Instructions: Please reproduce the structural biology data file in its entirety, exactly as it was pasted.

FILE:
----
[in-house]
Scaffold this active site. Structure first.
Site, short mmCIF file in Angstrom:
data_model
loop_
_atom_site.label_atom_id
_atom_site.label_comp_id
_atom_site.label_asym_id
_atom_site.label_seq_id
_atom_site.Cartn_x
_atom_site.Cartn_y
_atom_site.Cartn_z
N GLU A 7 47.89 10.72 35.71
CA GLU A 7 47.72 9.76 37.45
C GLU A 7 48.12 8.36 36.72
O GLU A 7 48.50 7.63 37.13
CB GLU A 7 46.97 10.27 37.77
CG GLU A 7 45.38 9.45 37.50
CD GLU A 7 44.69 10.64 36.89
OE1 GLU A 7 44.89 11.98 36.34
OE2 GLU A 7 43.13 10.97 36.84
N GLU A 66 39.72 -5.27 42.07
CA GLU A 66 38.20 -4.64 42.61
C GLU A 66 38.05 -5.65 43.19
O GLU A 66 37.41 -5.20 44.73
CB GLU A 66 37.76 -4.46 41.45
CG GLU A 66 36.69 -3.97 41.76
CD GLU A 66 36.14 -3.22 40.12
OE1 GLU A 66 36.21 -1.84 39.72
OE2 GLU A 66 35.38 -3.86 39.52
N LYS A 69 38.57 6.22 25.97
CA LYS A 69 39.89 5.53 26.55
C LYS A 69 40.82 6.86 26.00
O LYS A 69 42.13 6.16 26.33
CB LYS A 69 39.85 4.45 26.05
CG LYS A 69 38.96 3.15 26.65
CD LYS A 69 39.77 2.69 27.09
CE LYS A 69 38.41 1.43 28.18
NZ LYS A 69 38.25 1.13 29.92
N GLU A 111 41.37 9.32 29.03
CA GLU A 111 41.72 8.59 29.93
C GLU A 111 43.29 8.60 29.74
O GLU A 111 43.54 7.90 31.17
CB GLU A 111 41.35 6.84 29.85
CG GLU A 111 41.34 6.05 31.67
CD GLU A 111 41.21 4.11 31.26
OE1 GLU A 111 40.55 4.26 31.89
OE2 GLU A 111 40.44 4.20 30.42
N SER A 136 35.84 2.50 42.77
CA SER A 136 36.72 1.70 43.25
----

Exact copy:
[in-house]
Scaffold this active site. Structure first.
Site, short mmCIF file in Angstrom:
data_model
loop_
_atom_site.label_atom_id
_atom_site.label_comp_id
_atom_site.label_asym_id
_atom_site.label_seq_id
_atom_site.Cartn_x
_atom_site.Cartn_y
_atom_site.Cartn_z
N GLU A 7 47.89 10.72 35.71
CA GLU A 7 47.72 9.76 37.45
C GLU A 7 48.12 8.36 36.72
O GLU A 7 48.50 7.63 37.13
CB GLU A 7 46.97 10.27 37.77
CG GLU A 7 45.38 9.45 37.50
CD GLU A 7 44.69 10.64 36.89
OE1 GLU A 7 44.89 11.98 36.34
OE2 GLU A 7 43.13 10.97 36.84
N GLU A 66 39.72 -5.27 42.07
CA GLU A 66 38.20 -4.64 42.61
C GLU A 66 38.05 -5.65 43.19
O GLU A 66 37.41 -5.20 44.73
CB GLU A 66 37.76 -4.46 41.45
CG GLU A 66 36.69 -3.97 41.76
CD GLU A 66 36.14 -3.22 40.12
OE1 GLU A 66 36.21 -1.84 39.72
OE2 GLU A 66 35.38 -3.86 39.52
N LYS A 69 38.57 6.22 25.97
CA LYS A 69 39.89 5.53 26.55
C LYS A 69 40.82 6.86 26.00
O LYS A 69 42.13 6.16 26.33
CB LYS A 69 39.85 4.45 26.05
CG LYS A 69 38.96 3.15 26.65
CD LYS A 69 39.77 2.69 27.09
CE LYS A 69 38.41 1.43 28.18
NZ LYS A 69 38.25 1.13 29.92
N GLU A 111 41.37 9.32 29.03
CA GLU A 111 41.72 8.59 29.93
C GLU A 111 43.29 8.60 29.74
O GLU A 111 43.54 7.90 31.17
CB GLU A 111 41.35 6.84 29.85
CG GLU A 111 41.34 6.05 31.67
CD GLU A 111 41.21 4.11 31.26
OE1 GLU A 111 40.55 4.26 31.89
OE2 GLU A 111 40.44 4.20 30.42
N SER A 136 35.84 2.50 42.77
CA SER A 136 36.72 1.70 43.25